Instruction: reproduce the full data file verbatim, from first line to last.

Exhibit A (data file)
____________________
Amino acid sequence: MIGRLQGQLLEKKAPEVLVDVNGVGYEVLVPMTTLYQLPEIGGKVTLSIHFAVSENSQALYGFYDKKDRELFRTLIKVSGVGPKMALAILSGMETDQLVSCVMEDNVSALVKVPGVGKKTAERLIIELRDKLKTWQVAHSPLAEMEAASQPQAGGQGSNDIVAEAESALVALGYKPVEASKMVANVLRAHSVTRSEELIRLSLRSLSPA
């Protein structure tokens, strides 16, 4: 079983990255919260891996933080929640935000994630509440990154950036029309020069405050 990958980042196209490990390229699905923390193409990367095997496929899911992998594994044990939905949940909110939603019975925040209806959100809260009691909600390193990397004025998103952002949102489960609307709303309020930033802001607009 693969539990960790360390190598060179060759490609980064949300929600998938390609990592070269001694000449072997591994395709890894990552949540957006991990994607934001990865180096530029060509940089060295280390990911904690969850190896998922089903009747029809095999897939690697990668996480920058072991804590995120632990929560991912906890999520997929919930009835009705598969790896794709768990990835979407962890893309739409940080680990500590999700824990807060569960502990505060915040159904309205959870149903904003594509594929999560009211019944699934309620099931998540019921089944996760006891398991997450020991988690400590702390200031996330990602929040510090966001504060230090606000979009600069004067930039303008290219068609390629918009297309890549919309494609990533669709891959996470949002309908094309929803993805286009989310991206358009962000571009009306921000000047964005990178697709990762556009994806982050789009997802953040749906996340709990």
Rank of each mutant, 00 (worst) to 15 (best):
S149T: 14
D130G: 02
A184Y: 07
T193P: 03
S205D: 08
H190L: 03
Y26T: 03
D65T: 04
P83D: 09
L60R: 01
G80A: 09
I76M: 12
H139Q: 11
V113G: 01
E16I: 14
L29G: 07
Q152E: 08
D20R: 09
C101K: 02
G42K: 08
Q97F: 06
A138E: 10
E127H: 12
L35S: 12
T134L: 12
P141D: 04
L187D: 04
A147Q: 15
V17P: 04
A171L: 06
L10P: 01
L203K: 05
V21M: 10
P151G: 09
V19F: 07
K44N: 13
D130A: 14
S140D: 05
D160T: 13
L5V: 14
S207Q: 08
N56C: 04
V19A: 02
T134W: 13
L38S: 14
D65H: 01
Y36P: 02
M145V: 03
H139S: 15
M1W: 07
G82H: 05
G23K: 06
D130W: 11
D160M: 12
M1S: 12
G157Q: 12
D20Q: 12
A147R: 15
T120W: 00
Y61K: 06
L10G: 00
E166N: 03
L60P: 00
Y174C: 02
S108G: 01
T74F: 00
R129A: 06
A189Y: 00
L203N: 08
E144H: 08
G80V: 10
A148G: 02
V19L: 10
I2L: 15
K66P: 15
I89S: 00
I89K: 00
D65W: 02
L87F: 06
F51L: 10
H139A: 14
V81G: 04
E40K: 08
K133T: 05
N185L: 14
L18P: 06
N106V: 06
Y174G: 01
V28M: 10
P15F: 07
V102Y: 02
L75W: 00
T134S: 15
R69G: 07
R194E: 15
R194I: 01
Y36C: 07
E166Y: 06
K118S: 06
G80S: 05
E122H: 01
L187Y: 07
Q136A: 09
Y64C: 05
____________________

Amino acid sequence: MIGRLQGQLLEKKAPEVLVDVNGVGYEVLVPMTTLYQLPEIGGKVTLSIHFAVSENSQALYGFYDKKDRELFRTLIKVSGVGPKMALAILSGMETDQLVSCVMEDNVSALVKVPGVGKKTAERLIIELRDKLKTWQVAHSPLAEMEAASQPQAGGQGSNDIVAEAESALVALGYKPVEASKMVANVLRAHSVTRSEELIRLSLRSLSPA
């Protein structure tokens, strides 16, 4: 079983990255919260891996933080929640935000994630509440990154950036029309020069405050 990958980042196209490990390229699905923390193409990367095997496929899911992998594994044990939905949940909110939603019975925040209806959100809260009691909600390193990397004025998103952002949102489960609307709303309020930033802001607009 693969539990960790360390190598060179060759490609980064949300929600998938390609990592070269001694000449072997591994395709890894990552949540957006991990994607934001990865180096530029060509940089060295280390990911904690969850190896998922089903009747029809095999897939690697990668996480920058072991804590995120632990929560991912906890999520997929919930009835009705598969790896794709768990990835979407962890893309739409940080680990500590999700824990807060569960502990505060915040159904309205959870149903904003594509594929999560009211019944699934309620099931998540019921089944996760006891398991997450020991988690400590702390200031996330990602929040510090966001504060230090606000979009600069004067930039303008290219068609390629918009297309890549919309494609990533669709891959996470949002309908094309929803993805286009989310991206358009962000571009009306921000000047964005990178697709990762556009994806982050789009997802953040749906996340709990």
Rank of each mutant, 00 (worst) to 15 (best):
S149T: 14
D130G: 02
A184Y: 07
T193P: 03
S205D: 08
H190L: 03
Y26T: 03
D65T: 04
P83D: 09
L60R: 01
G80A: 09
I76M: 12
H139Q: 11
V113G: 01
E16I: 14
L29G: 07
Q152E: 08
D20R: 09
C101K: 02
G42K: 08
Q97F: 06
A138E: 10
E127H: 12
L35S: 12
T134L: 12
P141D: 04
L187D: 04
A147Q: 15
V17P: 04
A171L: 06
L10P: 01
L203K: 05
V21M: 10
P151G: 09
V19F: 07
K44N: 13
D130A: 14
S140D: 05
D160T: 13
L5V: 14
S207Q: 08
N56C: 04
V19A: 02
T134W: 13
L38S: 14
D65H: 01
Y36P: 02
M145V: 03
H139S: 15
M1W: 07
G82H: 05
G23K: 06
D130W: 11
D160M: 12
M1S: 12
G157Q: 12
D20Q: 12
A147R: 15
T120W: 00
Y61K: 06
L10G: 00
E166N: 03
L60P: 00
Y174C: 02
S108G: 01
T74F: 00
R129A: 06
A189Y: 00
L203N: 08
E144H: 08
G80V: 10
A148G: 02
V19L: 10
I2L: 15
K66P: 15
I89S: 00
I89K: 00
D65W: 02
L87F: 06
F51L: 10
H139A: 14
V81G: 04
E40K: 08
K133T: 05
N185L: 14
L18P: 06
N106V: 06
Y174G: 01
V28M: 10
P15F: 07
V102Y: 02
L75W: 00
T134S: 15
R69G: 07
R194E: 15
R194I: 01
Y36C: 07
E166Y: 06
K118S: 06
G80S: 05
E122H: 01
L187Y: 07
Q136A: 09
Y64C: 05